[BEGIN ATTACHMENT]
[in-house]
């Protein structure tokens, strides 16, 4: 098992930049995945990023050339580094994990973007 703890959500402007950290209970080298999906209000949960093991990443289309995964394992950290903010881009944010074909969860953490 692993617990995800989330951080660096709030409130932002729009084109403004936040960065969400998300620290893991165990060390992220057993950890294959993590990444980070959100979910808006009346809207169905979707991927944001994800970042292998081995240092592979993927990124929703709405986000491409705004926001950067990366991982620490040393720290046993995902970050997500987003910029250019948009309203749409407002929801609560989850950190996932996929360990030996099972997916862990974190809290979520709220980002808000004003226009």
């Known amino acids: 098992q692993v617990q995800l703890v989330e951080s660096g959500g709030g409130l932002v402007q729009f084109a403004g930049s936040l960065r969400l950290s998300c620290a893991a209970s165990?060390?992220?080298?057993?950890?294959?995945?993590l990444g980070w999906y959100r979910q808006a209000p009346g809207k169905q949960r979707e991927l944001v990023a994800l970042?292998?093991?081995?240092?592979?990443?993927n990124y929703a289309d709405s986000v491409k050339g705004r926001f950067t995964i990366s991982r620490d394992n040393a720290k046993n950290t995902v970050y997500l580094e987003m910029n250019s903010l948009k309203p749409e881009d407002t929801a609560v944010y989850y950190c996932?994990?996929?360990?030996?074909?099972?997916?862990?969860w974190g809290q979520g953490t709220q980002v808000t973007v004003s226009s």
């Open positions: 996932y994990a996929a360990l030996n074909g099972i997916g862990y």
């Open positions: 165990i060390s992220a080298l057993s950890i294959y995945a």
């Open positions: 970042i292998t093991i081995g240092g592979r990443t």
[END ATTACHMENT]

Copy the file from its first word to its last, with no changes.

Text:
[in-house]
């Protein structure tokens, strides 16, 4: 098992930049995945990023050339580094994990973007 703890959500402007950290209970080298999906209000949960093991990443289309995964394992950290903010881009944010074909969860953490 692993617990995800989330951080660096709030409130932002729009084109403004936040960065969400998300620290893991165990060390992220057993950890294959993590990444980070959100979910808006009346809207169905979707991927944001994800970042292998081995240092592979993927990124929703709405986000491409705004926001950067990366991982620490040393720290046993995902970050997500987003910029250019948009309203749409407002929801609560989850950190996932996929360990030996099972997916862990974190809290979520709220980002808000004003226009």
């Known amino acids: 098992q692993v617990q995800l703890v989330e951080s660096g959500g709030g409130l932002v402007q729009f084109a403004g930049s936040l960065r969400l950290s998300c620290a893991a209970s165990?060390?992220?080298?057993?950890?294959?995945?993590l990444g980070w999906y959100r979910q808006a209000p009346g809207k169905q949960r979707e991927l944001v990023a994800l970042?292998?093991?081995?240092?592979?990443?993927n990124y929703a289309d709405s986000v491409k050339g705004r926001f950067t995964i990366s991982r620490d394992n040393a720290k046993n950290t995902v970050y997500l580094e987003m910029n250019s903010l948009k309203p749409e881009d407002t929801a609560v944010y989850y950190c996932?994990?996929?360990?030996?074909?099972?997916?862990?969860w974190g809290q979520g953490t709220q980002v808000t973007v004003s226009s």
């Open positions: 996932y994990a996929a360990l030996n074909g099972i997916g862990y």
């Open positions: 165990i060390s992220a080298l057993s950890i294959y995945a």
């Open positions: 970042i292998t093991i081995g240092g592979r990443t």